My ds is 8, 3rd grade, and we are starting cursive, I'm going to have dd (6) join in as well since she seems ready, reading and printing fluently. Any tips? Should I just focus on one or two letters a day, or have them copy out the whole alphabet each day for practice...? What about HWWT? I never used their primary stuff, but I like the style of their cursive letters. Is it worth the $, I'd only get the workbooks?
We love Handwriting without Tears here. Ds#1 has beautiful cursive (and printing) thanks to the program. Ds#2 is just now starting the cursive workbook. I would highly recommend it if you are looking for a program. We only buy the workbooks (have never felt the need for the teacher's resources) and have had much success with the program.
my daughter used HWT. she is already through with it & now we just do copywork in cursive. her handwriting is really beautiful (her manuscript? not so much). i know there are other popular programs, but we love HWT and i plan to use it with my ds later on too. he also used HWT manuscript, and his print is coming along nicely.
ETA - we only buy the student workbook too.
HWT has been a great resource for us. I have used it from the beginning with my kids and I'm very happy with the results. Dd (8.5) is almost done with the first cursive book and writes beautifully; I have the second cursive book, but I think I'll let her decide when to start that. Anyhow, I found the actual cost of the HWT books to be very nominal - $8 or so? We don't buy any of the teacher's manuals or anything though.
I'm no expert, but I know my MIL and mother (both ex-elementary teachers) both have said that there is a certain level of muscle coordination that is needed for success in cursive; in schools they don't start that until late 2nd or 3rd grade for that reason.
We're doing cursive this year also (dd is 7.5; grade 2). This is a perfect year for her to start because she's interested and ready. We are working our way through the first cursive book. At the end of it, we'll practice writing some letters to grandparents using cursive.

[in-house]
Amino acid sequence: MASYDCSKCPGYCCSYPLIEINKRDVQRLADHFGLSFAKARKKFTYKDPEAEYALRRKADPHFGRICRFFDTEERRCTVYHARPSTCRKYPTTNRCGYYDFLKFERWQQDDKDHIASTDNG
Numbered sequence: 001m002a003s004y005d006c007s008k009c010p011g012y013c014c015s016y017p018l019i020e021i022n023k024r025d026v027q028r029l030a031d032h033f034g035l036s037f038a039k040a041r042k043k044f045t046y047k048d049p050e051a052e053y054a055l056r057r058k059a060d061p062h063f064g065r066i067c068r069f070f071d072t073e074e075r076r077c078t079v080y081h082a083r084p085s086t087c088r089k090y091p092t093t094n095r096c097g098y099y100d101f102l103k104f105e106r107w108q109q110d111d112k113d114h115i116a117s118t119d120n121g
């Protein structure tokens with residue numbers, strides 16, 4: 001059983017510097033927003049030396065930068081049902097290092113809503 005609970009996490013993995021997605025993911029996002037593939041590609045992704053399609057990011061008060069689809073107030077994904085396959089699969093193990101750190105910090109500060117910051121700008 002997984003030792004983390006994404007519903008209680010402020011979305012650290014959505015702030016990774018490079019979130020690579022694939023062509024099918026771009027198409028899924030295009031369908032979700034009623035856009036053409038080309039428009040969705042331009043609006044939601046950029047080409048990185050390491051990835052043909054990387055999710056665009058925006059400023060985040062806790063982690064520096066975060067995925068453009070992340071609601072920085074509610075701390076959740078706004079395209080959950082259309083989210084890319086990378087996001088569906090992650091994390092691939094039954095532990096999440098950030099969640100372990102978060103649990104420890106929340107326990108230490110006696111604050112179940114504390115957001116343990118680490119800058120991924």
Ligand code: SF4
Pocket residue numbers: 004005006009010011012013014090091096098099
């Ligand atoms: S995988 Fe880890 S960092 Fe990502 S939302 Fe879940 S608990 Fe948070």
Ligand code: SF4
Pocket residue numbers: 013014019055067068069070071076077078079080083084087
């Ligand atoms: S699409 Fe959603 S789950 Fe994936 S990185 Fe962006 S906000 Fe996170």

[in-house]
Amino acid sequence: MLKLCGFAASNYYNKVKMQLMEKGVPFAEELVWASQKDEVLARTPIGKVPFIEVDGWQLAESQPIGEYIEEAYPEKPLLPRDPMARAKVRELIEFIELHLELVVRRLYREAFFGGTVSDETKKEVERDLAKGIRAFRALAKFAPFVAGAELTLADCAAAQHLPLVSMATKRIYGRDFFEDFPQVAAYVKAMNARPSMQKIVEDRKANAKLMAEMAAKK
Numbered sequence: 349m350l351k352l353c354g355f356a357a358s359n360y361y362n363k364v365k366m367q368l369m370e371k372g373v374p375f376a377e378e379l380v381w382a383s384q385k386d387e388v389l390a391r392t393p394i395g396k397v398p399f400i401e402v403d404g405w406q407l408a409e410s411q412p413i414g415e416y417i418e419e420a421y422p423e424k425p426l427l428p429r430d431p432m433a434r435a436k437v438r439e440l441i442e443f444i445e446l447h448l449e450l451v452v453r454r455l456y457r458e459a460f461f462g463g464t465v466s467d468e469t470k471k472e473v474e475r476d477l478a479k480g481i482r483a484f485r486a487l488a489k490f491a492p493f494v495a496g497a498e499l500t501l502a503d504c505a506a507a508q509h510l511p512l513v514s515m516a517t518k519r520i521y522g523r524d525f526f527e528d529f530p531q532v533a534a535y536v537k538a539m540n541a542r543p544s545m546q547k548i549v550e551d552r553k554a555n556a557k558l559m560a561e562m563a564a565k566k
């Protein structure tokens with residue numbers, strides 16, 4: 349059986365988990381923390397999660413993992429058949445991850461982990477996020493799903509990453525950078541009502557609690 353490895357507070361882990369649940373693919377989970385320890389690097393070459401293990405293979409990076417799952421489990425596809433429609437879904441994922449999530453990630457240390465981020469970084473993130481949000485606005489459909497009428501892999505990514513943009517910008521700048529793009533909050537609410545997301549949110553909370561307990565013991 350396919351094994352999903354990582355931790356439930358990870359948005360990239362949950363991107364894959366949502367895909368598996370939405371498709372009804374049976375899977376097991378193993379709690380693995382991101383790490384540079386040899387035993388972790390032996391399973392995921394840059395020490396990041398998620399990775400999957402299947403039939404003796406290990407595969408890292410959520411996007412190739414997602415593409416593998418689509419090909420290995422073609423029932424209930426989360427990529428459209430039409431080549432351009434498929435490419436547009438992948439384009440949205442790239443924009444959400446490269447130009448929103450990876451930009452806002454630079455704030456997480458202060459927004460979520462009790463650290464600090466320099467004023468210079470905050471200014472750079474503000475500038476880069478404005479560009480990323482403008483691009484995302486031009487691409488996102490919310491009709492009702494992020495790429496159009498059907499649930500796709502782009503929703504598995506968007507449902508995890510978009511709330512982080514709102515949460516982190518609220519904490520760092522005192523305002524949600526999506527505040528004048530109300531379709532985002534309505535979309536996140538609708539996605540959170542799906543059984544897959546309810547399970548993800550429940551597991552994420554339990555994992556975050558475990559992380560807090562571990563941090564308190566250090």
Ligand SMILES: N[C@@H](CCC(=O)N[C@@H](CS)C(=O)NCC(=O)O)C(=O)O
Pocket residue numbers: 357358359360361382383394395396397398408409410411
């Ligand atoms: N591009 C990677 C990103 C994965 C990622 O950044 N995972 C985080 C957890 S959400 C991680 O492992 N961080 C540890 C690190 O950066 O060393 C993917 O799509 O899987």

I also write some notes (or poems or whatever) in cursive and then let her read it out loud, just to get her used to reading cursive. She likes that because she is happy she can now read cursive.
Thanks! Pretty sold on the HWT, hopefully I can order them next week, think I'll pick up the manuscript workbooks too as ds' printing could use a boost, he's gotten a little careless with speed.
They're cheaper then I thought.
DD is already adding swirls and loops- sort of doing her own version of calligraphy to her letters when she is writing notes to her girlfriends. Dd likes to tag along with a lot of ds' subjects anyhow.
I'm not personally a fan of HWT simply because I don't like the look of their font. But that's a personal subjective opinion and no statement on the quality of the course.
As for your more general questions, I've always preferred the approach of one letter at a time, and not in alphabet order -- rather in 'shape' order. Like, i, then u, then w, because they're all the same shape. e and l go together. Then there's the "magic c", which later becomes a, d, g, and q. Etc etc. "Cursive First" does it in this method, as an example. So does Penny Gardner's Italics cursive book, which we used for DS when he was older and needed to VASTLY improve his handwriting.
I'm currently using A Beka's cursive K4 books with DD. I'm not using the rest of the A Beka curriculum so I don't have a lot of instruction to go with... so I'm doing the pages out of order in the way that I think makes most sense. We're also doing things like writing the letters large on chalkboard. She loves to trace trace trace, so I wrote a big letter "i" and she traced over it with a dozen different colours. Drawing it in the air too. It really helped with her smoothness and 'flow' of the letter.
I'm also always tempted by Barchowsky's Fluent Handwriting program, which has a regular course and a beginner's workbook for younger kids. It's also more of an Italics cursive rather than traditional. I like its emphasis on rhythm in writing. Just from their samples, I got the idea of reciting a simple little chant to help remember the form of each letter, and DD just LATCHED onto that. Actually, there's a similar idea used when teaching numbers in RightStart math, which we're also using, so she says "arouuuund and arouund" when writing 6, for instance...
We are using HWoT here as well, I love it. We are currently on the printing portion here. Ds is writing so neatly and absolutely loves doing it. The books are cheap, like pp said only like $8- well worth it. I like the order they are introduced, how they are done. True it is not the prettiest font, but to have a child that LOVES handwriting a boy nonetheless and is working ahead is priceless. I bought the little golf pencils for him this year and it was really helpful.
I'm a little late here, but we LOVED Cheerful Cursive, and my dd has beautiful handwriting.
Our DD just turned 10yo and her cursive just wasn't much good, she didn't remember how to connect all the letters and she wasn't enjoying writing in cursive. Now we're using the book "Teaching Cursive-This Method Works!" and we love it!
This book was recommended by a HSing mom who did DD's annual testing/assessment. At first DD thought the book was a bit silly b/c she's a little older and thought she didn't need it. But then she really started enjoying it...says it feels like "art". I love the method (10 mins a day) and DD enjoys doing it daily. Her cursive has improved so much just in 9 lessons.
Here's a link--http://www.teachingcursive.com/index.htm
We started in 1st grade using New American Cursive, really loved it.